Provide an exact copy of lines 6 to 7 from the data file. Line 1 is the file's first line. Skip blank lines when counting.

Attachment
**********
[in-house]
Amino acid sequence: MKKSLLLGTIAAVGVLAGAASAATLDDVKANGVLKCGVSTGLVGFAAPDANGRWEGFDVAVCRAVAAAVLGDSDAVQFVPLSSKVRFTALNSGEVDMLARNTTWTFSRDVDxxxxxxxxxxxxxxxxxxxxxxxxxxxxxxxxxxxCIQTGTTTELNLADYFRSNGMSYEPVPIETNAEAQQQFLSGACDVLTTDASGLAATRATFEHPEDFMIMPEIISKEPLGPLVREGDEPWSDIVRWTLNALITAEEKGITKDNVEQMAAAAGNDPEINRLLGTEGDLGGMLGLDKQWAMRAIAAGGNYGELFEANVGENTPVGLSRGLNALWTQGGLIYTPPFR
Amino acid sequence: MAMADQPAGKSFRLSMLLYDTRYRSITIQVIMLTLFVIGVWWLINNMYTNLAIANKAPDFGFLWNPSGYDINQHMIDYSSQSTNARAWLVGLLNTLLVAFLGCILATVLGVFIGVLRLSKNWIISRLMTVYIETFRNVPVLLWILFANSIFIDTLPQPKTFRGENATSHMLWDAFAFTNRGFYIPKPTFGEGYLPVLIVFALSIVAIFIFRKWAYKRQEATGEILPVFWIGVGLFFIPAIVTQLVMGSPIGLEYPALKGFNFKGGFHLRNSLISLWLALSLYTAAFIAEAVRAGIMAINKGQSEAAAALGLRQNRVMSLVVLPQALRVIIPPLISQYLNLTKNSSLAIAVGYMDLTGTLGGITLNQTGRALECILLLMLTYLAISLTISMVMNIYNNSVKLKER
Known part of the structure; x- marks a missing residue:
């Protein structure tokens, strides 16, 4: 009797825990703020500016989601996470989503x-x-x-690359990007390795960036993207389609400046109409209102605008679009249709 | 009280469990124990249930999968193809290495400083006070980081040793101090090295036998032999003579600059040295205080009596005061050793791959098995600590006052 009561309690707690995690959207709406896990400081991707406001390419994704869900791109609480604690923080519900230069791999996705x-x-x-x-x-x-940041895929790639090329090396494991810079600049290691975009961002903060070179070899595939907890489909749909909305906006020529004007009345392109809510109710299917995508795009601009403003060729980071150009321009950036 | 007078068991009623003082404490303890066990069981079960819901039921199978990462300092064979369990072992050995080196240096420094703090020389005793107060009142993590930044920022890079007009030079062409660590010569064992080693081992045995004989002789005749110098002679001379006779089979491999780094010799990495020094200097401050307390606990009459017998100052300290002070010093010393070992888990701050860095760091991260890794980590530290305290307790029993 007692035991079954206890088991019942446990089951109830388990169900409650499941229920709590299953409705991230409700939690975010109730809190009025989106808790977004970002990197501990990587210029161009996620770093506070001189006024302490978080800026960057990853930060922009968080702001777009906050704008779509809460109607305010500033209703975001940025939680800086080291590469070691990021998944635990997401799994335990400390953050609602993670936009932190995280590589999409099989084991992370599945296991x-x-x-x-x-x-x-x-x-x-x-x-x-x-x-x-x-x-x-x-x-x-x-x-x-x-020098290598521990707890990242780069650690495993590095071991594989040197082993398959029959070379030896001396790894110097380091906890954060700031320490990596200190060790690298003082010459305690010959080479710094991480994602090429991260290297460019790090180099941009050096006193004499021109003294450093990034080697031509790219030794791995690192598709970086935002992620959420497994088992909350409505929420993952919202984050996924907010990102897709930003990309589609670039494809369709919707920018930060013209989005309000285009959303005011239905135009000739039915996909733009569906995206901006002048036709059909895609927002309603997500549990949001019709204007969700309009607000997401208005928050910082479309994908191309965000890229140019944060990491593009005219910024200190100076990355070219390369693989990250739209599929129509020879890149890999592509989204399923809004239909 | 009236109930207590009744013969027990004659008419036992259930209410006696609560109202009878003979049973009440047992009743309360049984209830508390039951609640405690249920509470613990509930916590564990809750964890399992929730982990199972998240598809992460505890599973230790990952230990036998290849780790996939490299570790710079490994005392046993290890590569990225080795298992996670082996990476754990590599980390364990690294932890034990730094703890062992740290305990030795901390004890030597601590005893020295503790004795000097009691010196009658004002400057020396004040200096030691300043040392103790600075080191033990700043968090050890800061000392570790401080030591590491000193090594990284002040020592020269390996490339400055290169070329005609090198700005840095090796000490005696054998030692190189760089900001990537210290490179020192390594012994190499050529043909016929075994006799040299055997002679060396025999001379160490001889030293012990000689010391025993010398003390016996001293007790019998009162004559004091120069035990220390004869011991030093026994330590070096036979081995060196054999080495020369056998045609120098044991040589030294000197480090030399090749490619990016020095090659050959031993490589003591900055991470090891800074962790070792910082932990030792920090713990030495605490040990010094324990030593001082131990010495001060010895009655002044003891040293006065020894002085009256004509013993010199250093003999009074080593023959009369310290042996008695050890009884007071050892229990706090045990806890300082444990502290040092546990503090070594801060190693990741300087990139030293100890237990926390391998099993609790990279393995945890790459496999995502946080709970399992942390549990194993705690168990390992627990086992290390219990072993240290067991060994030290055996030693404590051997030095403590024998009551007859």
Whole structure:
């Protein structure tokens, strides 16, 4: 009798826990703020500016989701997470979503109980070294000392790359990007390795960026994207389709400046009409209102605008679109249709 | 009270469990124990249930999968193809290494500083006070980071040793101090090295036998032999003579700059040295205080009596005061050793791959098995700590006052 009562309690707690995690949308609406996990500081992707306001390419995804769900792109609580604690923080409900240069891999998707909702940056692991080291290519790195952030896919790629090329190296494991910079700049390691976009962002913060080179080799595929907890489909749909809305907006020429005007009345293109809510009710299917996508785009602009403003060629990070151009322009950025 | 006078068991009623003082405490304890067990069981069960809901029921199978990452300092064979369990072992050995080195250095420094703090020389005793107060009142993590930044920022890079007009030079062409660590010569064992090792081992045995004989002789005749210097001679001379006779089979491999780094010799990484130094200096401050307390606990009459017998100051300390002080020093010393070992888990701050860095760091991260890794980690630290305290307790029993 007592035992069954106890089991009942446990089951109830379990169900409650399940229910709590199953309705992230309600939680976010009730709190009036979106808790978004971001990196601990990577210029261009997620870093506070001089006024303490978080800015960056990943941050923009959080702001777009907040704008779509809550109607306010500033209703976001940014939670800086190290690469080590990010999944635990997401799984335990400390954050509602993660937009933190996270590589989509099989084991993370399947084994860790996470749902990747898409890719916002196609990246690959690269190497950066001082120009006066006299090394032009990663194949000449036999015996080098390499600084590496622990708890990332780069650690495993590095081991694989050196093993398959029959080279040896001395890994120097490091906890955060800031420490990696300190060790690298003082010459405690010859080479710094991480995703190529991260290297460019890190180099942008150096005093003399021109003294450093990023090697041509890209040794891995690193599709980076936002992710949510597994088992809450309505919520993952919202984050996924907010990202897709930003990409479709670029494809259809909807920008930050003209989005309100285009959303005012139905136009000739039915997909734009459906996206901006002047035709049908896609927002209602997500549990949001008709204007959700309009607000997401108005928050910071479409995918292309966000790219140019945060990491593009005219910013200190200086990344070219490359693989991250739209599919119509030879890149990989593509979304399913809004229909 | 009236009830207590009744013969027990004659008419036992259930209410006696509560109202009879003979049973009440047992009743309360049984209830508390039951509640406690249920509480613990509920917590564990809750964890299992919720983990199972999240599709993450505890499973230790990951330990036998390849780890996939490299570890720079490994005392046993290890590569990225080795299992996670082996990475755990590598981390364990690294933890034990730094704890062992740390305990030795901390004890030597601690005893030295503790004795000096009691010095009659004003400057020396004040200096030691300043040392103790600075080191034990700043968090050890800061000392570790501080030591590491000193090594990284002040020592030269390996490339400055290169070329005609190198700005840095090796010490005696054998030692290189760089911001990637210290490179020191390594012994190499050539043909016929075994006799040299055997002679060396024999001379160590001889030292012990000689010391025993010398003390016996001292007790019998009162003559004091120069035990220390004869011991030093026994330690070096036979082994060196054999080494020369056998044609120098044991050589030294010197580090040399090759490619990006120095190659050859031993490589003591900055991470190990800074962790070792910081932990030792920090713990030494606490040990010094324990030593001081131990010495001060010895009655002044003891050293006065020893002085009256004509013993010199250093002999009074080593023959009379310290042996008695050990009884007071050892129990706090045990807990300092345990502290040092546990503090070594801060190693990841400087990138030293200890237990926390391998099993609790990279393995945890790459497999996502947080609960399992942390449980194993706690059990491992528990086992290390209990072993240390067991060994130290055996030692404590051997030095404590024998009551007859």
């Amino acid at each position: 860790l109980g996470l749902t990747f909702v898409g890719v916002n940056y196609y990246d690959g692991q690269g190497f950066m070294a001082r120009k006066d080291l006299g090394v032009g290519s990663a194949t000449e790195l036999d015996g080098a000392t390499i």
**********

Whole structure:
């Protein structure tokens, strides 16, 4: 009798826990703020500016989701997470979503109980070294000392790359990007390795960026994207389709400046009409209102605008679109249709 | 009270469990124990249930999968193809290494500083006070980071040793101090090295036998032999003579700059040295205080009596005061050793791959098995700590006052 009562309690707690995690949308609406996990500081992707306001390419995804769900792109609580604690923080409900240069891999998707909702940056692991080291290519790195952030896919790629090329190296494991910079700049390691976009962002913060080179080799595929907890489909749909809305907006020429005007009345293109809510009710299917996508785009602009403003060629990070151009322009950025 | 006078068991009623003082405490304890067990069981069960809901029921199978990452300092064979369990072992050995080195250095420094703090020389005793107060009142993590930044920022890079007009030079062409660590010569064992090792081992045995004989002789005749210097001679001379006779089979491999780094010799990484130094200096401050307390606990009459017998100051300390002080020093010393070992888990701050860095760091991260890794980690630290305290307790029993 007592035992069954106890089991009942446990089951109830379990169900409650399940229910709590199953309705992230309600939680976010009730709190009036979106808790978004971001990196601990990577210029261009997620870093506070001089006024303490978080800015960056990943941050923009959080702001777009907040704008779509809550109607306010500033209703976001940014939670800086190290690469080590990010999944635990997401799984335990400390954050509602993660937009933190996270590589989509099989084991993370399947084994860790996470749902990747898409890719916002196609990246690959690269190497950066001082120009006066006299090394032009990663194949000449036999015996080098390499600084590496622990708890990332780069650690495993590095081991694989050196093993398959029959080279040896001395890994120097490091906890955060800031420490990696300190060790690298003082010459405690010859080479710094991480995703190529991260290297460019890190180099942008150096005093003399021109003294450093990023090697041509890209040794891995690193599709980076936002992710949510597994088992809450309505919520993952919202984050996924907010990202897709930003990409479709670029494809259809909807920008930050003209989005309100285009959303005012139905136009000739039915997909734009459906996206901006002047035709049908896609927002209602997500549990949001008709204007959700309009607000997401108005928050910071479409995918292309966000790219140019945060990491593009005219910013200190200086990344070219490359693989991250739209599919119509030879890149990989593509979304399913809004229909 | 009236009830207590009744013969027990004659008419036992259930209410006696509560109202009879003979049973009440047992009743309360049984209830508390039951509640406690249920509480613990509920917590564990809750964890299992919720983990199972999240599709993450505890499973230790990951330990036998390849780890996939490299570890720079490994005392046993290890590569990225080795299992996670082996990475755990590598981390364990690294933890034990730094704890062992740390305990030795901390004890030597601690005893030295503790004795000096009691010095009659004003400057020396004040200096030691300043040392103790600075080191034990700043968090050890800061000392570790501080030591590491000193090594990284002040020592030269390996490339400055290169070329005609190198700005840095090796010490005696054998030692290189760089911001990637210290490179020191390594012994190499050539043909016929075994006799040299055997002679060396024999001379160590001889030292012990000689010391025993010398003390016996001292007790019998009162003559004091120069035990220390004869011991030093026994330690070096036979082994060196054999080494020369056998044609120098044991050589030294010197580090040399090759490619990006120095190659050859031993490589003591900055991470190990800074962790070792910081932990030792920090713990030494606490040990010094324990030593001081131990010495001060010895009655002044003891050293006065020893002085009256004509013993010199250093002999009074080593023959009379310290042996008695050990009884007071050892129990706090045990807990300092345990502290040092546990503090070594801060190693990841400087990138030293200890237990926390391998099993609790990279393995945890790459497999996502947080609960399992942390449980194993706690059990491992528990086992290390209990072993240390067991060994130290055996030692404590051997030095404590024998009551007859």